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Comprehensive Pharmacy Review 7

Comprehensive Pharmacy Review 7

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Published by Ahmed Elkotb

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Published by: Ahmed Elkotb on Dec 25, 2011
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10/30/2012

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1
Drug Product Development in thePharmaceutical Industry
Gurvinder Singh RekhiLeon Shargel
I. INTRODUCTION
A. Active pharmaceutical ingredient (API)
 
1.
A
drug substance
is the API or component that produces pharmacologicalactivity.
2.
The API may be
produced by
chemical synthesis, recovery from a naturalproduct, enzymatic reaction, recombinant DNA technology, fermentation, or acombination of these processes. Further purification of the API may be neededbefore it can be used in a drug product.
3.
A
new chemical entity (NCE)
is a drug substance with unknown clinical,toxicologic, physical, and chemical properties. In addition, the U.S. Food and DrugAdministration (FDA) considers an NCE as an API that has not been approved for marketing in the United States.
4.
The
identity, strength, quality,
and
purity
of a drug substance depend onproper control of the manufacturing and synthetic process.
B. Drug product
 
1.
A drug product is the
finished dosage form
(e.g., capsule, tablet, injectable)that contains the API, generally in association with other excipients, or inertingredients.
2.
The excipients in the drug product may affect the functionality and performanceof the drug product, including modification of the rate of drug substance release,improving drug stability, and masking the drug taste.
3.
Different
approaches
are generally used to produce drug products that containNCEs, product line extensions, generic drug products, and specialty drug products.
C. New drug product development
 Drug products containing NCE are developed sequentially in the following phases.
1. Preclinical.
Animal pharmacology and toxicology data are obtained to determinethe safety and efficacy of the drug. Because little is known about the human and thetherapeutic/toxicologic potential, many drug products will not reach the marketplace.No attempt is made to develop a final formulation during the preclinical stage.
Nonclinical studies
are nonhuman studies that may continue at any stage of research to obtain additional information concerning the pharmacology andtoxicology of the drug.
2. Phase I
 
a.
An
Investigational New Drug (IND)
application for human testing is submitted tothe FDA. Clinical testing takes place after the IND application is submitted.P.2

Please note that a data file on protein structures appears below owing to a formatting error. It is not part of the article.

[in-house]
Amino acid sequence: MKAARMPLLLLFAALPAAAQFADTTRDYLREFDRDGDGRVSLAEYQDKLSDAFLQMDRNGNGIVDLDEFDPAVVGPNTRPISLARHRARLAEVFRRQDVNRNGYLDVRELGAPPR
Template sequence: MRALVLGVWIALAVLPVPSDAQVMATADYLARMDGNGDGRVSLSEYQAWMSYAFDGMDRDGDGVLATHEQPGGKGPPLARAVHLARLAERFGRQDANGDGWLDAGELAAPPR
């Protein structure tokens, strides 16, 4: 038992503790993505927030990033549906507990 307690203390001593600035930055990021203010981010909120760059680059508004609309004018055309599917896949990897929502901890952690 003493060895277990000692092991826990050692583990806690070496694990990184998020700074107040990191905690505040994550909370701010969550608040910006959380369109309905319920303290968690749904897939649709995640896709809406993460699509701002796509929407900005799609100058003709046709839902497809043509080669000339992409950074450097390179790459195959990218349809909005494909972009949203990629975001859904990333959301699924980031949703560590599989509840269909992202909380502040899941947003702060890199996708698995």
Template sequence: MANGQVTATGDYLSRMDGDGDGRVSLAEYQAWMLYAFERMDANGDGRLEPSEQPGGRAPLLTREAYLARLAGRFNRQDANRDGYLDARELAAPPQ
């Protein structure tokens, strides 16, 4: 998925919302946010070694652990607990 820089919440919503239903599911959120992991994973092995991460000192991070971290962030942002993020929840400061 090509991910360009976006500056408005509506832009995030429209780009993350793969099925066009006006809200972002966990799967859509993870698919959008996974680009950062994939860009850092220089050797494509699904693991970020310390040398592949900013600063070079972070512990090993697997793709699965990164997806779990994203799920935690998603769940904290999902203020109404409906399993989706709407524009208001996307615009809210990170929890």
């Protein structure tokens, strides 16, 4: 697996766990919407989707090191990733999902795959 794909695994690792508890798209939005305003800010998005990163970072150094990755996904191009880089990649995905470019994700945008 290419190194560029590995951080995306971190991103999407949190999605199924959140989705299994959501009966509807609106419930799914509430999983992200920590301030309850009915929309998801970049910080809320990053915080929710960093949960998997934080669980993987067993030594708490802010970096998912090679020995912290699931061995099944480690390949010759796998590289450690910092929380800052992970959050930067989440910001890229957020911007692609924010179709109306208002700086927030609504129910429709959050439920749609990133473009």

b.
Healthy volunteers are used in phase I clinical studies to determine drugtolerance and toxicity.c. For oral drug administration, a simple hard gelatin capsule formulation containingthe API is usually used for IND studies.
d.
Toxicologic studies—including acute, chronic, subchronic, and mutagenicity—andother such studies in various animal species are planned during this phase.
3. Phase II
 
a.
A limited number of patients with the disease or condition for which the drug wasdeveloped are treated under close supervision.
b.
Dose-response studies, bioavailability, and pharmacokinetics are performed todetermine the optimum dosage regimen for treating the disease.c. Safety is measured by attempting to determine the
therapeutic index
(ratio of toxic dose to effective dose).
d.
A drug formulation having good physico-chemical stability is developed.
e.
Chronic toxicity studies are started in two species; such studies normally lastmore than 2 years' duration.
4. Phase III
 
a.
Large-scale,
multicenter clinical studies
are performed with the final dosageform developed in phase II. These studies are done to determine the safety andefficacy of the drug product in a large patient population who have the disease or condition for which the drug was developed.
b.
Side effects are monitored. In a large population, new toxic effects may occur that were not evident in previous clinical trials.
5.
Submission of a
New Drug Application (NDA).
An NDA is submitted to the FDAfor review and approval after the completion of clinical trials that show to thesatisfaction of the medical community that the drug product is effective by allparameters and is reasonably safe as demonstrated by animal and human studies.
6. Phase IV
 
a.
After the NDA is submitted, and before approval to market the product is obtainedfrom the FDA, manufacturing
scale-up
activities occur. Scale-up is the increase inthe batch size from the clinical batch, submission batch, or both to the full-scaleproduction batch size, using the finished, marketed product.
b.
The drug product may be improved as a result of equipment, regulatory, supply,or market demands.c. Additional clinical studies may be performed in special populations, such as theelderly, pediatric, and renal-impaired, to obtain information on the efficacy of thedrug in these subjects.
d.
Additional clinical studies may be performed to determine if the drug can be usedfor a new or additional labeling indications.
7. Phase V
 
a.
After the FDA grants market approval of the drug, product development maycontinue.
b.
The
drug formulation
may be modified slightly as a result of data obtainedduring the manufacturing scale-up and validation processes.